“They don’t make money off fixing people,” he said. “I know tons of people in Farmersville that are addicted to opiates and their doctors do nothing but prescribe them more medicine to feed the addiction.”
Treatment takes patience
Prescription opioids such as OxyContin, Vicodin, morphine and methadone are used to treat moderate-to-severe pain following surgery, injury, or for health conditions such as cancer.
The CDC reported, “In recent years, there has been a dramatic increase in the acceptance and use of prescription opioids for the treatment of chronic, non-cancer pain, such as back pain or osteoarthritis, despite serious risks and the lack of evidence about their long-term effectiveness.”
As a drug and alcohol counselor and the Continuum of Care Manager for Baylor Scott & White Medical Center Lake Pointe, Kari Simonitch knows a thing or two about addiction. She worked at Nexus Recovery Center in Dallas for seven years prior to joining Baylor. For three years Simonitch has managed BreakThru, a medical withdrawal management service at the hospital for individuals like Mark who are in imminent or active early withdrawal from alcohol or drug abuse.
The service BreakThru provides is vital to a community struggling with drug or alcohol addiction and pain management patients. Doctors and nurses are trained and alert to symptoms and work to reduce as much of the discomfort that comes with withdrawals as possible.
“We keep them until they are medically stable,” Simonitch said. “Our primary goal is that our patients leave our service with a continuum of recovery in place to ensure success in overcoming addiction.”
The program was started in 2014 and in 2016 the BreakThru program was re-introduced to the public with the intention of reaching out to those in need. Simonitch reported that in 2016 the facility treated 175 patients and 71 of them were opiate addicts. In 2017, to date, they have treated 133 patients, with 38 of them opiate addicts.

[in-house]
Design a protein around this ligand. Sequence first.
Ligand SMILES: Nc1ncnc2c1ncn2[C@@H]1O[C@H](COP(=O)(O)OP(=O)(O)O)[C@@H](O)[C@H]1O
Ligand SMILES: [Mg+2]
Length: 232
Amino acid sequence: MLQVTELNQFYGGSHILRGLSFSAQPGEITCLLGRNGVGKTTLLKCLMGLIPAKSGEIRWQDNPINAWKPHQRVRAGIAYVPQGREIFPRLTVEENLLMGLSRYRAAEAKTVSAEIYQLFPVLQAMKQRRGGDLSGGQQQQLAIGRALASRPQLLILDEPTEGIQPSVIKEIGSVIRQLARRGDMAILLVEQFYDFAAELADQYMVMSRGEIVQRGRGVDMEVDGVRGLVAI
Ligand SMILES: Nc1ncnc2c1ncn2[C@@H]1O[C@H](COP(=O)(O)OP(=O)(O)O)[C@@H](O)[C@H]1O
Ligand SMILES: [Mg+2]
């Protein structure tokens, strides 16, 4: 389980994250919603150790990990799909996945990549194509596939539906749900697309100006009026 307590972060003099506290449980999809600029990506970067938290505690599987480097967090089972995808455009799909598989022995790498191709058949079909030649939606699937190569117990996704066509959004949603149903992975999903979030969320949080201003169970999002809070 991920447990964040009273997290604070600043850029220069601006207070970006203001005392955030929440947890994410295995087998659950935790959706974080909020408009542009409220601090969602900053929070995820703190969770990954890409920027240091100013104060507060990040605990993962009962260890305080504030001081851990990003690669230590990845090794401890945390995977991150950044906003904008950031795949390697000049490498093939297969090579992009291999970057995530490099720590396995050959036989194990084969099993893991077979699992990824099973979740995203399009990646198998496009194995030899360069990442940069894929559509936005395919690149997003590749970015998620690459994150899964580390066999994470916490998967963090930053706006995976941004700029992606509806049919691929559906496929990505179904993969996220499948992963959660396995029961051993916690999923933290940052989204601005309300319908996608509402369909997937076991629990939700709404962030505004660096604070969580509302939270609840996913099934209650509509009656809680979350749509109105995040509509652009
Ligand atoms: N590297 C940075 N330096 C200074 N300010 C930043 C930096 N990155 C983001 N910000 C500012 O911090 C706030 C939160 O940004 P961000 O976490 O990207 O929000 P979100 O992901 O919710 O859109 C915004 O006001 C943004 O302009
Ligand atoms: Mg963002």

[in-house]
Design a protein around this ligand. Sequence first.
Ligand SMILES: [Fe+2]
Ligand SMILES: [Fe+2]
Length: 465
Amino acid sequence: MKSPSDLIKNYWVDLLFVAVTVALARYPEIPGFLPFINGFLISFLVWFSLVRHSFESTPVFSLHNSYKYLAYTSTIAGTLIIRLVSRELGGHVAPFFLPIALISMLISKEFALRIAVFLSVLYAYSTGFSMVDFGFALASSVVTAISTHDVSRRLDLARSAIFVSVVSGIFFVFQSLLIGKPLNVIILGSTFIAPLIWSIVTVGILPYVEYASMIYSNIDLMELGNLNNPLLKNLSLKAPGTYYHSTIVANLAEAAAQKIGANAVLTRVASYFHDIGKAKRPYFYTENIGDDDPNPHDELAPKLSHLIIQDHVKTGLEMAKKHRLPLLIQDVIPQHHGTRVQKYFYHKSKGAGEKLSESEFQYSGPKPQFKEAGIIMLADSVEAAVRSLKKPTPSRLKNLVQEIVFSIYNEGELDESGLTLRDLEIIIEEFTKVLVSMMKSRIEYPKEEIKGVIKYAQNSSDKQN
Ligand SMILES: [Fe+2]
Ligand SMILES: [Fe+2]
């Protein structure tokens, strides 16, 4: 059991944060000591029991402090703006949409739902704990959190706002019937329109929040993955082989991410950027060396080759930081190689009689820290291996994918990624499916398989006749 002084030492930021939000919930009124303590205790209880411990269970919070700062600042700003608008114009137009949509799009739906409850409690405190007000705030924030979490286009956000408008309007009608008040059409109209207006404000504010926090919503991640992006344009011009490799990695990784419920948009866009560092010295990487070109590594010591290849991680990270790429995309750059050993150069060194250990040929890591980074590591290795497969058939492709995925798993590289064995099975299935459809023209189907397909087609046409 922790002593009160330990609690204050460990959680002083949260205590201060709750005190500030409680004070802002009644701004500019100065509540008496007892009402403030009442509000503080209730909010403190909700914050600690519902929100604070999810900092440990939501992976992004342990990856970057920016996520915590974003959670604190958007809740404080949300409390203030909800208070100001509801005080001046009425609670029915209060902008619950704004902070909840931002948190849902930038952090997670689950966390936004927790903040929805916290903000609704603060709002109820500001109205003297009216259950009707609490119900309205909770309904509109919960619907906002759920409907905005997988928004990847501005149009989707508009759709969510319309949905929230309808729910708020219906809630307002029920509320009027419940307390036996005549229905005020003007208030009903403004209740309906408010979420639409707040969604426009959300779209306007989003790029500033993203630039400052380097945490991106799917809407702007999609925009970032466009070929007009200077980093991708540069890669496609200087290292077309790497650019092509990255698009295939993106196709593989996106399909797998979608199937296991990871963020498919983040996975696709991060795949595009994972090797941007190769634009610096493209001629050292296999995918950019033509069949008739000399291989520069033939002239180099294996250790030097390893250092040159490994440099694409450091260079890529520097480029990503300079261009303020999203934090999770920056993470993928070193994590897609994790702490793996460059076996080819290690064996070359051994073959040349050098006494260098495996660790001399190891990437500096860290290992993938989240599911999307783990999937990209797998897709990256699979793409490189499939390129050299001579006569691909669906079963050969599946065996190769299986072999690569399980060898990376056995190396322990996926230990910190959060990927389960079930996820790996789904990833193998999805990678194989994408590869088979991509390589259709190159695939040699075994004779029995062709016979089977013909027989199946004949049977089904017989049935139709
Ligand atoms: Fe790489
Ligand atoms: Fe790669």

The manager said the mental health side of insurance and a majority of medical insurance will not cover admission for opiate withdrawal.
“I have seen some patients that have been on pain meds for 12 years,” she said. “Insurance will approve stays for benztropine/alcohol and diazepam because they can have seizures.”
However, there is something called Suboxone, which helps patients transition easier from the pain and symptoms of withdrawal.
The average length of stay is about three days at BreakThru and the service assists patients entering into the next phase of their recovery after discharge from the hospital.
With her years of experience, Simonitch said the key to success is the aftercare plan. Simonitch said patients only get two chances at the program saying, “then I will move heaven and earth to find a program that fits them better.”
“ Every re-admit is because they did not follow through on their aftercare plan,” she said.
Simonitch reported that lately their facility has had several pain management facilities referring patients that need to discontinue Oxycontin and other opioids.
“We have to educate doctors on what they’re doing,” she said. “The patient doesn’t have to get to a level of Oxycontin that has to be regulated. When a 19 or 20-year-old is injured or breaks a bone, many doctors give a month worth of pills. That’s enough for them to become physically addicted.”
In part two next week, mothers of drug addicted teens tell their story.
To learn more about BreakThru, go to bswhealth.com